The Challenge of Going Off Psychiatric Drugs
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The Challenge of Going Off Psychiatric Drugs
Millions of Americans have taken antidepressants for many years. What happens when it’s time to stop?
Released on 04/03/2019
Laura Delano was this sort of golden woman,
who had a really vibrant and charismatic presence.
She came from a wealthy background in Greenwich, Connecticut
and sort of was instilled with this idea
that she would be the best
and that anything less represented a failure.
She was 14 at this time, when she was increasingly aware
of the sense of fraudulence
or sort of being an imposter in her life.
She became very angry and she had started cutting herself,
and eventually, it was diagnosed as bipolar.
She was medicated at an age where she wasn't able
to understand maybe like the source
of what was really bothering her so much.
And she had been on psychiatric medications
for over 10 years.
I discovered Laura's blog and she had written in some detail
about the experience
of going off of psychiatric medications.
She wanted to sort of figure out what her experience
of the world was without them.
This sort of unexplored question in psychiatry
which is like there are these pills
that really do help people in their lives,
but what do we know about how long people are on them,
and how do we decide when to get off it?
And when they do get off,
do we know how to have them get off?
Allen Francis, one of the editors of the DSM,
he described it as a kind of public health experiment,
in which young people and old people are put
on medications for years and years
and there's just very little knowledge
about what happens after that.
We don't have longitudinal studies
about people on these medications for decades.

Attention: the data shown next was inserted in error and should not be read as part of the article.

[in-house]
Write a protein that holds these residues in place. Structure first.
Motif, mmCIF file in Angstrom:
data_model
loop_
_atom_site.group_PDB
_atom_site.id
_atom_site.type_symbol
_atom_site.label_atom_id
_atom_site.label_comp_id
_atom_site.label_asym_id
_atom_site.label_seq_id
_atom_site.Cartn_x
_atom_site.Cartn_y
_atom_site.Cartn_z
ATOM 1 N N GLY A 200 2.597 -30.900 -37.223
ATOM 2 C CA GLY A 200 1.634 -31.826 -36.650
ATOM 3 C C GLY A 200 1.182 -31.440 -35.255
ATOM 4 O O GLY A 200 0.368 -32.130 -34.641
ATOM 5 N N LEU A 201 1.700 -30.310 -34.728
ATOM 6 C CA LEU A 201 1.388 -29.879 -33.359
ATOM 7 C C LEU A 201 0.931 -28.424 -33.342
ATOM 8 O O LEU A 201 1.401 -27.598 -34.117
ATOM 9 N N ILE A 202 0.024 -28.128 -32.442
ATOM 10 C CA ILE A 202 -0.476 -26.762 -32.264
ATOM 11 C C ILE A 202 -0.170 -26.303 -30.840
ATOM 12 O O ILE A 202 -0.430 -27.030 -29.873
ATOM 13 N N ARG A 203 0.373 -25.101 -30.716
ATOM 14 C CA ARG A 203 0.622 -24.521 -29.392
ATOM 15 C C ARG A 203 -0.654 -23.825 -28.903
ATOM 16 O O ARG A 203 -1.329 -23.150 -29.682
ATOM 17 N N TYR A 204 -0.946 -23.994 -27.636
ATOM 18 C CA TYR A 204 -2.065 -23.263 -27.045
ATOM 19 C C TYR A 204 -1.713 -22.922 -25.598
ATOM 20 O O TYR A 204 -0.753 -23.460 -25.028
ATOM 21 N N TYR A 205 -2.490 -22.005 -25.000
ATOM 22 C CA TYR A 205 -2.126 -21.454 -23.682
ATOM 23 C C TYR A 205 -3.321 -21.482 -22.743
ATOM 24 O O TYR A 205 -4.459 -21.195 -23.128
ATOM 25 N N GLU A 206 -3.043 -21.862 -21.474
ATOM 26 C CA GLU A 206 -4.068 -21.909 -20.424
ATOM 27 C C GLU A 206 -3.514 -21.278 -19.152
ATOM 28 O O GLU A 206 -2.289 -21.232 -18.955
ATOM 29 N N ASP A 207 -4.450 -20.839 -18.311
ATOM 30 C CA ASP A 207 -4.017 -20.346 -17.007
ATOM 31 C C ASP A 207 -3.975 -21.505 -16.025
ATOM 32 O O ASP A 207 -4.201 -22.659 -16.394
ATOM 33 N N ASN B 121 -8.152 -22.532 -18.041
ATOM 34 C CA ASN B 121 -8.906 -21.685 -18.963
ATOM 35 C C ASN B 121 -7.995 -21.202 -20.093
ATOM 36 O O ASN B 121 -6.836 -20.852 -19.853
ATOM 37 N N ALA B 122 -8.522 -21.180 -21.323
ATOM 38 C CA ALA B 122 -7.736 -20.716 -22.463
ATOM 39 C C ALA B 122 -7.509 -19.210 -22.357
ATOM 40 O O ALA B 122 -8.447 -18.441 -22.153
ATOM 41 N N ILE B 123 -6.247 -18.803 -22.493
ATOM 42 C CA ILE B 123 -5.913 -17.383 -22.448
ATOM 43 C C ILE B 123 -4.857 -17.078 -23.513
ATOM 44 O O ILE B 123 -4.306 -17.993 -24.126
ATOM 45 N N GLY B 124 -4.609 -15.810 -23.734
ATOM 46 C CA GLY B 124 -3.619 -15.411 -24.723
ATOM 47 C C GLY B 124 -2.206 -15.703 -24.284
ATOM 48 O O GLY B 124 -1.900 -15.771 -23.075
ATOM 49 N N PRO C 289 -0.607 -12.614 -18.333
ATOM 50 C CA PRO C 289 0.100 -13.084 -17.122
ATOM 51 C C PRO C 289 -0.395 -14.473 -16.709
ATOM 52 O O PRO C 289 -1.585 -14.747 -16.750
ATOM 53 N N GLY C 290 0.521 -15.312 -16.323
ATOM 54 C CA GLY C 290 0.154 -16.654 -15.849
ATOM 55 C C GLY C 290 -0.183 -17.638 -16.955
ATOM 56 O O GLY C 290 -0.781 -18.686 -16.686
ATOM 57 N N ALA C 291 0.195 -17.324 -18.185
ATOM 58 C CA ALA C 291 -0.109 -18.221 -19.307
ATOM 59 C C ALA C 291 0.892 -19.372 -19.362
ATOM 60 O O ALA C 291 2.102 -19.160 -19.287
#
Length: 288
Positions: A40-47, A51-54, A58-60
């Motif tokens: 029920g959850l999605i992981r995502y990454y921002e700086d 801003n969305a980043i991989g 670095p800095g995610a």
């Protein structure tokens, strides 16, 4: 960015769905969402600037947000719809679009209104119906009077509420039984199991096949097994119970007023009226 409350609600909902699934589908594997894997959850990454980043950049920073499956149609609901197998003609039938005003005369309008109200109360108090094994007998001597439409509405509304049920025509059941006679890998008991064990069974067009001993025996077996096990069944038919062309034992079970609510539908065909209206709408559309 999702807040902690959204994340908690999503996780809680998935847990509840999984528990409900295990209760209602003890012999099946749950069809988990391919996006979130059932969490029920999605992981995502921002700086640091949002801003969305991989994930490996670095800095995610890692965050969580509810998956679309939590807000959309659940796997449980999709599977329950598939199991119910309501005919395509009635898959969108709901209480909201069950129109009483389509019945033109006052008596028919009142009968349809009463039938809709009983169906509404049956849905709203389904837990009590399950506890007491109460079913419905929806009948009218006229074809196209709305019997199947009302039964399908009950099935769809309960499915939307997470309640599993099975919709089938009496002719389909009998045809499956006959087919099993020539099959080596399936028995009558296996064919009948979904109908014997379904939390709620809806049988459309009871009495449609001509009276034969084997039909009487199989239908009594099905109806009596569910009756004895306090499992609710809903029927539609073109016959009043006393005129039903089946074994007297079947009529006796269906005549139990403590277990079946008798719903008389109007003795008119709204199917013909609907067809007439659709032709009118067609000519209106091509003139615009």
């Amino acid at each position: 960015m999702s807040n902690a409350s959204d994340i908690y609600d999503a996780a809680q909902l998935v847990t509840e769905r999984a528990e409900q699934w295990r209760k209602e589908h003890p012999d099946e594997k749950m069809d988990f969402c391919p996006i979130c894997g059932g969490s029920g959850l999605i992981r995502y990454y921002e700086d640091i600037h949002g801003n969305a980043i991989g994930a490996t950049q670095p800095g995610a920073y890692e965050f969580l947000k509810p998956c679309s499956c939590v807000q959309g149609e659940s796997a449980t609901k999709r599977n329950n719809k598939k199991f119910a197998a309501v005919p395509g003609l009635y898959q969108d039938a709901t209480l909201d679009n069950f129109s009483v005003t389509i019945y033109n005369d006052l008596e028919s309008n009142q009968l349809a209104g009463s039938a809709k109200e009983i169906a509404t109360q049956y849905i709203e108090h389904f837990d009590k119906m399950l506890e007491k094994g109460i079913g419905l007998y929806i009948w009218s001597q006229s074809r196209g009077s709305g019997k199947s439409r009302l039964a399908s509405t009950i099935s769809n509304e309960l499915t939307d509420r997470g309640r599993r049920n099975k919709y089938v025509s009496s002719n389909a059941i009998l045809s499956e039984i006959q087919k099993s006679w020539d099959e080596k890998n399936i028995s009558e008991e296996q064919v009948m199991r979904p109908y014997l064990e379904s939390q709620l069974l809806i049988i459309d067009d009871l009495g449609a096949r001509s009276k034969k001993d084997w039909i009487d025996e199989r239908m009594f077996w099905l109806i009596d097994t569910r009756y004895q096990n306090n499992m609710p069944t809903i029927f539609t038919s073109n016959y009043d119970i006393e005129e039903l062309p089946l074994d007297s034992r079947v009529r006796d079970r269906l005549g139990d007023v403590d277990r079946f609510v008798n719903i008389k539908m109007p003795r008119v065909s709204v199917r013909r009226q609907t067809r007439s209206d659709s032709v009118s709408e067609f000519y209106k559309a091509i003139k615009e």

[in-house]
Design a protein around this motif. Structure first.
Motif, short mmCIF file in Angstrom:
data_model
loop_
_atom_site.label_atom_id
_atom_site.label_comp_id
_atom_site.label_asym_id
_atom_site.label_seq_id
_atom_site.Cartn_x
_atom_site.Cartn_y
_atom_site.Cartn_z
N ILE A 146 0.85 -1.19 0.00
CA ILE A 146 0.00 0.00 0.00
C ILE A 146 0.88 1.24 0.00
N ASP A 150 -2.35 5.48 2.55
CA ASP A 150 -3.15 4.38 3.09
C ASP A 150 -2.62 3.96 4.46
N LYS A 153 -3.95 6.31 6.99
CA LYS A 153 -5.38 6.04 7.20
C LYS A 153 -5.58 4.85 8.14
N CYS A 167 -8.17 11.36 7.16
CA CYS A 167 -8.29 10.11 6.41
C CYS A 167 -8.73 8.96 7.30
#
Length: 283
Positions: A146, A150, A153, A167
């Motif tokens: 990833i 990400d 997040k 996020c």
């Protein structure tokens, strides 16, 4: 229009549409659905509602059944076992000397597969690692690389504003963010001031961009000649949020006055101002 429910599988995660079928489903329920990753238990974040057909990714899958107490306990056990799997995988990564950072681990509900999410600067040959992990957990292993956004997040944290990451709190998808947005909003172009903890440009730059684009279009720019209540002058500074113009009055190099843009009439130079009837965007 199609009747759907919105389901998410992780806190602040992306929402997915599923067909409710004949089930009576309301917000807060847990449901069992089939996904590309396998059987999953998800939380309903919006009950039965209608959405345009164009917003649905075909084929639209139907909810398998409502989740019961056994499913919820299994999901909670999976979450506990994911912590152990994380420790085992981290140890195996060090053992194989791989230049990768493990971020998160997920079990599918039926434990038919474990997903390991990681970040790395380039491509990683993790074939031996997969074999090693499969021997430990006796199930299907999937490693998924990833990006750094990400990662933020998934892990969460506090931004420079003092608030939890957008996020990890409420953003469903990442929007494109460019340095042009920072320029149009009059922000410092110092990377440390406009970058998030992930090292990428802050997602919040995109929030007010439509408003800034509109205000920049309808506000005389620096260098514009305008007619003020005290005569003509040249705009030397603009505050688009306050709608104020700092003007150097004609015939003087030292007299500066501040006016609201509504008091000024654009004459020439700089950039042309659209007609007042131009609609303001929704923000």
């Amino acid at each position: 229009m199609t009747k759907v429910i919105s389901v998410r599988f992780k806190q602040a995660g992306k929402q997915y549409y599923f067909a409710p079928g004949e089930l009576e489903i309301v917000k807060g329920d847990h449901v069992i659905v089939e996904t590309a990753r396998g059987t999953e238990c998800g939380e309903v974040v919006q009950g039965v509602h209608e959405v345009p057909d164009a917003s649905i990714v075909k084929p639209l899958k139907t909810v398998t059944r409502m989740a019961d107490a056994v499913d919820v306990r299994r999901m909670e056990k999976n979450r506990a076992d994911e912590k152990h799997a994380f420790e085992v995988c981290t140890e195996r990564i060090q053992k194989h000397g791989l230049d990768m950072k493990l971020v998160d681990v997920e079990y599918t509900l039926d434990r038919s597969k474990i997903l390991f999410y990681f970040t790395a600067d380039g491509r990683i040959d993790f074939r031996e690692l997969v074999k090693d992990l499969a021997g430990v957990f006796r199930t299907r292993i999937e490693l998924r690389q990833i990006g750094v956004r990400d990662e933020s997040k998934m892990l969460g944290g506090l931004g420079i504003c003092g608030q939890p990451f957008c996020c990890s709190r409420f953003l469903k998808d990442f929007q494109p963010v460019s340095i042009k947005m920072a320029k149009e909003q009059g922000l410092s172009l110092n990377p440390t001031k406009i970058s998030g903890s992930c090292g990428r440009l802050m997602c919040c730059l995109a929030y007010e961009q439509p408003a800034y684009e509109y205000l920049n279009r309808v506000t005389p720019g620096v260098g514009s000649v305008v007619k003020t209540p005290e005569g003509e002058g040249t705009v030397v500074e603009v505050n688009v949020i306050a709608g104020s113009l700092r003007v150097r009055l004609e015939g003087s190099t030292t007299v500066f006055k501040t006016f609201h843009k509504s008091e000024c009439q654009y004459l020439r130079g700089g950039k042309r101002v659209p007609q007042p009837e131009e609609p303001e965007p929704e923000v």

They get a very quick prescription of a pill,
and then there may not be an endpoint.
Laura got to Harvard, when she was 18.
She again, started to feel that same way,
where she didn't really know who she was,
and she felt depressed.
She had to perform at a debutante ball,
because her family had this tradition of it.
Her sisters described her as like fitting in seamlessly,
and sort of being part of this society world.
And Laura described feeling
like the symbolism was so literal
that she was supposed to be on this stage performing
as a person that she was not.
She just described that as the moment
that she felt like she needed to ask for help.
My first label was bipolar disorder,
and then I'd also be labeled with major depression,
social anxiety disorder, borderline personality disorder,
substance abuse disorder.
When you have a mental illness,
it causes you great suffering,
and when you're a normal person,
you can sort of cope with it better.
But for Laura, she was put on a lot of Prozac,
and she just kept taking more and more medications
and sort of feeling more and more removed
from society and more identified with this sick person
who was never gonna have a functioning life
and who was sort of chronically ill.
The word prescription cascade is used to describe
what happens when someone is prescribed a medication,
and there's a side effect of that medication.
And another medication is prescribed
to treat that side effect,
and then it keeps going like that.
You get put on one medication
and that causes maybe sexual dysfunction,
so you get put on Viagra.
Maybe the medication causes sleep difficulties,
so you get put on Ambien,
and then the Ambien is making you so groggy in the morning
that you get put on Adderall.
Laura felt lonely and isolated,
and she wanted meaningful relationships,
and medications were not gonna give her that.
Strangely, in the process of having these conversations